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Hillary Clinton Expected To Do Well Over Bernie Sanders In S.C. Primary

: Thank you.

>>INSKEEPIn this country, tomorrow, South Carolina holds it's Democratic primary. It's a chance for Hillary Clinton to benefit from her lead among African-American voters. Here's NPR's Don Gonyea.

DON GONYEA, BYLINE: Hillary Clinton's schedule in South Carolina has been jammed with events in front of African-American audiences. She was in Florence yesterday at Cumberland United Methodist Church.


HILLARY CLINTON: Somebody once asked me a long time ago, when my husband was president, if I were a praying person. I said, well, I am, but if you've ever lived in the White House, you know you have to be (laughter). There's just no alternative to it.


GONYEA: And she's focusing on issues of importance to these voters.


CLINTON: Now, imagine a tomorrow where a presidential candidate doesn't have to come to this church and talk about voting rights because they are secure, they are taken care of and they are not under attack.

GONYEA: In Nevada last week, Clinton overwhelmingly won the African-American vote. She hopes to do the same in South Carolina and in upcoming Super Tuesday states. But she has also faced criticism this week. A Black Lives Matter protester pressed her on her husband's tough-on-crime policies as president. And the woman asked specifically about when Hillary Clinton described young gang members as, quote, "super predators" back in 1996.


CLINTON: We have to bring them to heal.

UNIDENTIFIED WOMAN: We want you to apologize for mass incarceration.

CLINTON: OK, we'll talk about it.

WOMAN: I'm not a super predator, Hillary Clinton.

CLINTON: OK, fine. We'll talk about it.

WOMAN: Can you apologize to black people for mass incarceration?

CLINTON: Well, can I talk and then maybe you can listen to what I have to say?

WOMAN: Yes, absolutely.

GONYEA: Yesterday, Clinton responded to the protester after the fact. Regarding her comments from 20 years ago, she told The Washington Post, quote, "looking back I shouldn't have used those words, and I wouldn't use them today." Now to Bernie Sanders. He's been campaigning far less in South Carolina. He held just one event Wednesday, a morning news conference where he was already looking past tomorrow's vote.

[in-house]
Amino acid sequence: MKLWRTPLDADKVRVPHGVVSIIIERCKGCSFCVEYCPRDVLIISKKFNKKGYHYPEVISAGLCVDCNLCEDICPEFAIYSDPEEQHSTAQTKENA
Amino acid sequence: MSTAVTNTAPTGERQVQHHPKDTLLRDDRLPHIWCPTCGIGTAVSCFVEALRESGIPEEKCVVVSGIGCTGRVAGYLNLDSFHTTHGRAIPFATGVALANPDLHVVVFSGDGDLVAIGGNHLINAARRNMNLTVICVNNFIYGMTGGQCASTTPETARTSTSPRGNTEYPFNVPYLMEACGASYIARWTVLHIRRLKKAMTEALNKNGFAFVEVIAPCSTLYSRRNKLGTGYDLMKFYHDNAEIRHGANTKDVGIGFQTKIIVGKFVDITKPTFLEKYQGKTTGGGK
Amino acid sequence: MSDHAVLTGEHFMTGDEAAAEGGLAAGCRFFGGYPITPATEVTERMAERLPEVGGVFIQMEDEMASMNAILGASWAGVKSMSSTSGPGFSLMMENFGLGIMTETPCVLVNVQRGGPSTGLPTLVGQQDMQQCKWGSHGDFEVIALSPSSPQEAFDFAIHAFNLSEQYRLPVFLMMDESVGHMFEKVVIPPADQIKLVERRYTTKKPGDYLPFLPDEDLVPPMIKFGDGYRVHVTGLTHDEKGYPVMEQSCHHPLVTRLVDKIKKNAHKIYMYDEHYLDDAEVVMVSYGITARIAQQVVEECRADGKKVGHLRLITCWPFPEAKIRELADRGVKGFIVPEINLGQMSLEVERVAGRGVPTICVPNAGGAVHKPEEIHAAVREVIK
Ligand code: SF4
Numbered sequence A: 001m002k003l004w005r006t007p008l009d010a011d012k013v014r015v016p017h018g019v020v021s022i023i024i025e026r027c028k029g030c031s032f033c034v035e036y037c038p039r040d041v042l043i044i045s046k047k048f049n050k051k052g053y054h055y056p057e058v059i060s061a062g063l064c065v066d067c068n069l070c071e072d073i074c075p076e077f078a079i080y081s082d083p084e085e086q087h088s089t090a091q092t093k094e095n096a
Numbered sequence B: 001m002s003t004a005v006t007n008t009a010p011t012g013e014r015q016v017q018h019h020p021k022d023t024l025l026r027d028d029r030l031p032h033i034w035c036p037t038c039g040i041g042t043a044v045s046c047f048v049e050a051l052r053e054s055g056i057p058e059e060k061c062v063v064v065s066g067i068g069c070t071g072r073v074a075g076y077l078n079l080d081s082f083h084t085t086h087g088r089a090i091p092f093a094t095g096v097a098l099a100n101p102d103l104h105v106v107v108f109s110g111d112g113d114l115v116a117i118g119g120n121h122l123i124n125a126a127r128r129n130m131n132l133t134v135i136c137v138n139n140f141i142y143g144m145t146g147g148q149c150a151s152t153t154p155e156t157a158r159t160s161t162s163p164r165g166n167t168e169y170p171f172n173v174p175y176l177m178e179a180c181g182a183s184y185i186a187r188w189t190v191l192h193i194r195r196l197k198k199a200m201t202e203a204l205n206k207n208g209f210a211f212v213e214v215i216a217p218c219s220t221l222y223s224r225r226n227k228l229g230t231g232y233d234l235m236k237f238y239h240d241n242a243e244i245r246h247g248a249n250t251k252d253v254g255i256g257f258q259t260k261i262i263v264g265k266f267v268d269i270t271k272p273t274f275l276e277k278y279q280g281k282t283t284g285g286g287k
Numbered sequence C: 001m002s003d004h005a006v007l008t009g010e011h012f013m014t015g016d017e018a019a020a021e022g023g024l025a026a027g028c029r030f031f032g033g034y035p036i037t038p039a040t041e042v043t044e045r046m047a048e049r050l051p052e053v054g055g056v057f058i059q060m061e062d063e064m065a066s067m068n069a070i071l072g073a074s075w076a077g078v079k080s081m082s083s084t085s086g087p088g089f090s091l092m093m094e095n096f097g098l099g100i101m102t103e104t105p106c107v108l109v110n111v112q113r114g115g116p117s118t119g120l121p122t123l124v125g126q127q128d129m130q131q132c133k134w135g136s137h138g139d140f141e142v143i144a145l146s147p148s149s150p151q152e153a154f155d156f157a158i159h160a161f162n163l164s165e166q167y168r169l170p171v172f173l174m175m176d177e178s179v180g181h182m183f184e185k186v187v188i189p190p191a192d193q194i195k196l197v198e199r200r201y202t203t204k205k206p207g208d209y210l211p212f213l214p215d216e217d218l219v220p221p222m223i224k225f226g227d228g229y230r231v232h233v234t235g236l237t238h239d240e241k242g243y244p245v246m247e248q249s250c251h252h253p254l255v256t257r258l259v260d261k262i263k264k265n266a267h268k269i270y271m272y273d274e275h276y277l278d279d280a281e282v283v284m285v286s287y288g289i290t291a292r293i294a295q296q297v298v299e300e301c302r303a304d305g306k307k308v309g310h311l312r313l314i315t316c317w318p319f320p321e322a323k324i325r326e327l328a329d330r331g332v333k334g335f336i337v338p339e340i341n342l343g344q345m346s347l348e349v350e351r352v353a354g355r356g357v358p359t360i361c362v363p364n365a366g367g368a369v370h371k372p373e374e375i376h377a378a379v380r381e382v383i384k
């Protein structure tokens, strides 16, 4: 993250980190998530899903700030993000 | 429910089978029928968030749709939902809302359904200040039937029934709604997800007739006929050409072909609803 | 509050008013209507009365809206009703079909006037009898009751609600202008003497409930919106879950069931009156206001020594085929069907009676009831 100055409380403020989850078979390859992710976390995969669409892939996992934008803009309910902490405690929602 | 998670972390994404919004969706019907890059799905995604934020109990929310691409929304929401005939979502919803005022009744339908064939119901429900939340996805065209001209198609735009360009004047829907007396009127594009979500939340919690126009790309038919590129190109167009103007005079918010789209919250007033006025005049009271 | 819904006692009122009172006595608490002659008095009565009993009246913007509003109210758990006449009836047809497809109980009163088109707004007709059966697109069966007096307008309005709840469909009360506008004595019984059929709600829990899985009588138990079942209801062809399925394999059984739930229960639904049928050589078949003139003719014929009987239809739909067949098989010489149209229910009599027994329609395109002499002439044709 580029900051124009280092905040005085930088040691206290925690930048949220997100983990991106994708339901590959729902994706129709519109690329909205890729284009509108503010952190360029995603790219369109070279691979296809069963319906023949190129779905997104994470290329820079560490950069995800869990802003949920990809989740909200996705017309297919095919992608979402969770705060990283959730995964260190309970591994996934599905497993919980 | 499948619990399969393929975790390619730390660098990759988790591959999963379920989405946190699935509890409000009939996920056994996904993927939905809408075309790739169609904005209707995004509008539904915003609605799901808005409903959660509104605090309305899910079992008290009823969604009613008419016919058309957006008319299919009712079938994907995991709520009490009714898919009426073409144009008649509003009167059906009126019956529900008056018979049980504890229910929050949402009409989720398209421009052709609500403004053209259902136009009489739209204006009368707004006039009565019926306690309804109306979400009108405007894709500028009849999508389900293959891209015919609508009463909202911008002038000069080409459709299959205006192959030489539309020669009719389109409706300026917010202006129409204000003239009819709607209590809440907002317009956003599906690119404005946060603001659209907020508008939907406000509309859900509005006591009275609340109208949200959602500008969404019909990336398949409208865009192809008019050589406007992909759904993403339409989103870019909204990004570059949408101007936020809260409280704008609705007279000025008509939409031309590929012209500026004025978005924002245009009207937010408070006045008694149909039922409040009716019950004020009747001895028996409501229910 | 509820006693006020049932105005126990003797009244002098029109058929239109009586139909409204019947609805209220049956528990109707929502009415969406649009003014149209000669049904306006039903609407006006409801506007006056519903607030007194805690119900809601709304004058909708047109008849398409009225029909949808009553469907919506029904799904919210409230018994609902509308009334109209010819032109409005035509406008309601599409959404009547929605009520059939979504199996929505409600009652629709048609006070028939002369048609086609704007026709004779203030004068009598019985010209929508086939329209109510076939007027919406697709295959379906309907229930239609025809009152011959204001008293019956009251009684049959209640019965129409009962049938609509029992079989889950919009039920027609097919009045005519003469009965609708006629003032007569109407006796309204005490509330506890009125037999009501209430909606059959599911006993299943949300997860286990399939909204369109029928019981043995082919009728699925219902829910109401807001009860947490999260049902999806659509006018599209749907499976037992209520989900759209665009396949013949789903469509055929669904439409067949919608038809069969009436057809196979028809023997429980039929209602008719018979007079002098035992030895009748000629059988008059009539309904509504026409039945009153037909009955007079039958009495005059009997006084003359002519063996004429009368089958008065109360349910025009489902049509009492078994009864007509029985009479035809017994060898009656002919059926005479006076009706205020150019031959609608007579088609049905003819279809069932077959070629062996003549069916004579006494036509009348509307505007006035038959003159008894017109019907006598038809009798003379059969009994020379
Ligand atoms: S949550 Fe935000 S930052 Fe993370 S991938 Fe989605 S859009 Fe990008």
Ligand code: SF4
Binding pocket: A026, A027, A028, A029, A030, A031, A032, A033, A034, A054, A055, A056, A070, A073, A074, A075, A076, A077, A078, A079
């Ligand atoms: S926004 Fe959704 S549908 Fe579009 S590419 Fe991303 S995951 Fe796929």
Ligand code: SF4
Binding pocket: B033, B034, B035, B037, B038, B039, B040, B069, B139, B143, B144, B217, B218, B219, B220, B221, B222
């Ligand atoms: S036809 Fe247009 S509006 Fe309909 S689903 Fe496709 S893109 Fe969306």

BERNIE SANDERS: You know what? There are dozens and dozens and dozens of states that follow. In some of those states, I expect we're going to do very well and win maybe by large amounts. In some states, we're going to lose.

GONYEA: Then yesterday, Sanders was in Ohio, and in Flint, Mich., where the crisis over dangerous levels of lead in the city water continues.


SANDERS: And to hear what is happening to the children in this community is so horrific.

GONYEA: Even with Sanders' light schedule in South Carolina, he is a presence in the form of campaign ads, including this one aimed at black voters and featuring film director Spike Lee.


SPIKE LEE: And when Bernie gets in the White House, he will do the right thing. How can we be sure? Bernie was at the March on Washington with Dr. King. He was arrested in Chicago for protesting segregation...

GONYEA: Another African-American movie icon is voicing ads for Clinton - actor Morgan Freeman.


MORGAN FREEMAN: She says their names - Trayvon Martin...

CLINTON: Shot to death...

FREEMAN: ...Dontre Hamilton...

CLINTON: Unarmed...

FREEMAN: Sandra Bland.

CLINTON: That man did nothing wrong.

FREEMAN: And makes their mothers fight for justice.

GONYEA: After South Carolina, the pace of the campaign accelerates quickly. On Super Tuesday next week, nearly a dozen states vote. The up-close campaigning of the early states ends. There'll be more quick landings for events in airport hangers and more candidate encounters that feel like hello, goodbye. Don Gonyea, NPR News, Charleston. Transcript provided by NPR, Copyright NPR.

You're most likely to find NPR's Don Gonyea on the road, in some battleground state looking for voters to sit with him at the local lunch spot, the VFW or union hall, at a campaign rally, or at their kitchen tables to tell him what's on their minds. Through countless such conversations over the course of the year, he gets a ground-level view of American elections. Gonyea is NPR's National Political Correspondent, a position he has held since 2010. His reports can be heard on all NPR News programs and at NPR.org. To hear his sound-rich stories is akin to riding in the passenger seat of his rental car, traveling through Iowa or South Carolina or Michigan or wherever, right along with him.
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